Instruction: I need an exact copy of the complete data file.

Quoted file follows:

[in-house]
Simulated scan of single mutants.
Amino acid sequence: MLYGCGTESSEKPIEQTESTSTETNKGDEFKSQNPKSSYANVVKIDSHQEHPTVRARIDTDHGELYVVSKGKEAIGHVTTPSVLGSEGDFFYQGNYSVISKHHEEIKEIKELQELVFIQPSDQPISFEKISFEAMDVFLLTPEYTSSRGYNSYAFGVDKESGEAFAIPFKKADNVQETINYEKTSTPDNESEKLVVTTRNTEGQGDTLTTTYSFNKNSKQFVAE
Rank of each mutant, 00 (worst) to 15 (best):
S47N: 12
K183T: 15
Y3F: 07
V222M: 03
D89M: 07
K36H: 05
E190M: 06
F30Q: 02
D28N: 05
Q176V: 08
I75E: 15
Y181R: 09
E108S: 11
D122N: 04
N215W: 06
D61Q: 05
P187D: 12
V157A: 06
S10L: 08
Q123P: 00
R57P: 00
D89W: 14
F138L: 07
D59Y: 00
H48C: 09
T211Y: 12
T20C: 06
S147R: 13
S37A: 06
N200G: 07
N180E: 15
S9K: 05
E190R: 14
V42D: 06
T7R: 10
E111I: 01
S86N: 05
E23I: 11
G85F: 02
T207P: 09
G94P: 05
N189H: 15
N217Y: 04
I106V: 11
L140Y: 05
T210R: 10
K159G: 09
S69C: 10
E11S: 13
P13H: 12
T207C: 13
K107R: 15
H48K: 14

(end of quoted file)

[in-house]
Simulated scan of single mutants.
Amino acid sequence: MLYGCGTESSEKPIEQTESTSTETNKGDEFKSQNPKSSYANVVKIDSHQEHPTVRARIDTDHGELYVVSKGKEAIGHVTTPSVLGSEGDFFYQGNYSVISKHHEEIKEIKELQELVFIQPSDQPISFEKISFEAMDVFLLTPEYTSSRGYNSYAFGVDKESGEAFAIPFKKADNVQETINYEKTSTPDNESEKLVVTTRNTEGQGDTLTTTYSFNKNSKQFVAE
Rank of each mutant, 00 (worst) to 15 (best):
S47N: 12
K183T: 15
Y3F: 07
V222M: 03
D89M: 07
K36H: 05
E190M: 06
F30Q: 02
D28N: 05
Q176V: 08
I75E: 15
Y181R: 09
E108S: 11
D122N: 04
N215W: 06
D61Q: 05
P187D: 12
V157A: 06
S10L: 08
Q123P: 00
R57P: 00
D89W: 14
F138L: 07
D59Y: 00
H48C: 09
T211Y: 12
T20C: 06
S147R: 13
S37A: 06
N200G: 07
N180E: 15
S9K: 05
E190R: 14
V42D: 06
T7R: 10
E111I: 01
S86N: 05
E23I: 11
G85F: 02
T207P: 09
G94P: 05
N189H: 15
N217Y: 04
I106V: 11
L140Y: 05
T210R: 10
K159G: 09
S69C: 10
E11S: 13
P13H: 12
T207C: 13
K107R: 15
H48K: 14